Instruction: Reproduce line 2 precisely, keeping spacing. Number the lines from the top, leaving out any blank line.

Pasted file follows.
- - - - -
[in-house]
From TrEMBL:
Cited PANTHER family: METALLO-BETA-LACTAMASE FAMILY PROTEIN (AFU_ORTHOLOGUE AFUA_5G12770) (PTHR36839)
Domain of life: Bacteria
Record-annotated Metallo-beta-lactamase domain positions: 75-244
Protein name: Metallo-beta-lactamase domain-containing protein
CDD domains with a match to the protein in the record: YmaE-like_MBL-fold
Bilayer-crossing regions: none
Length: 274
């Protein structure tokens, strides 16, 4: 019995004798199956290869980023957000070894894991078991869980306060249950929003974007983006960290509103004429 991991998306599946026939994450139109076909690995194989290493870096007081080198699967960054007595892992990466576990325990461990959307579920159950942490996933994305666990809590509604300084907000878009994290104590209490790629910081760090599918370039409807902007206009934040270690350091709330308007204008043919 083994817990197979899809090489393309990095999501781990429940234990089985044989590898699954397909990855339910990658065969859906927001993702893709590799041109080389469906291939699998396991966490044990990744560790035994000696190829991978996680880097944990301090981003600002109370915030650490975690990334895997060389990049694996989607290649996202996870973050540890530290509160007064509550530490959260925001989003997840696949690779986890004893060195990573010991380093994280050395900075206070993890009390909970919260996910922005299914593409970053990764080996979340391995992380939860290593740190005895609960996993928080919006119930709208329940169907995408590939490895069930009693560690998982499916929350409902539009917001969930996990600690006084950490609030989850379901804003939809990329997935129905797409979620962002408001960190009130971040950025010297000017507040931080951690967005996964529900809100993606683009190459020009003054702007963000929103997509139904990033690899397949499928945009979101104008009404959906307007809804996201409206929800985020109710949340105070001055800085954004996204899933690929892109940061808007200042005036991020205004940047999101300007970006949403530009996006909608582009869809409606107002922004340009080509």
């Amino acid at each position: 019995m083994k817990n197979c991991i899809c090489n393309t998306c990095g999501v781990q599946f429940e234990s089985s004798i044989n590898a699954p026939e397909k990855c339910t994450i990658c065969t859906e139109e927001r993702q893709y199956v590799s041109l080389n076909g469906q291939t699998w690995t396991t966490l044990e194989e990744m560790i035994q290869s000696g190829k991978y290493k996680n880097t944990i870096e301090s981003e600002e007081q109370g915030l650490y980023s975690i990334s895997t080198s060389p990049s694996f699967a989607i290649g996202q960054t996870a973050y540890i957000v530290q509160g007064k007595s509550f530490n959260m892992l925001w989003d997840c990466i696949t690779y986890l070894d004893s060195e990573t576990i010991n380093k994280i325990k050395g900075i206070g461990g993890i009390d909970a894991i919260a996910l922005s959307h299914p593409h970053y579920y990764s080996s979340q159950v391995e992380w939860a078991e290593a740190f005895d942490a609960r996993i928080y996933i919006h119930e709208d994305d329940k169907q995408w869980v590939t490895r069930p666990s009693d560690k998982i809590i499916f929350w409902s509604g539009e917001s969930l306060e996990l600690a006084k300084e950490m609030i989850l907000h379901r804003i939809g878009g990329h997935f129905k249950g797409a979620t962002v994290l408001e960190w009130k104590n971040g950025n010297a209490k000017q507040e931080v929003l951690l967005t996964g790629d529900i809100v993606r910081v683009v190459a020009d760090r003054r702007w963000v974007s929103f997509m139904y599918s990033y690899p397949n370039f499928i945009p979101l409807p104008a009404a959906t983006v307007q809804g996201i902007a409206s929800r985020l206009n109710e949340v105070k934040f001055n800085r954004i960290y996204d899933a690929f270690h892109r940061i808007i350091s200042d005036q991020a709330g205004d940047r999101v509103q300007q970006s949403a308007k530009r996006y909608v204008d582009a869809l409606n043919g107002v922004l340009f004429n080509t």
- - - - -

From TrEMBL: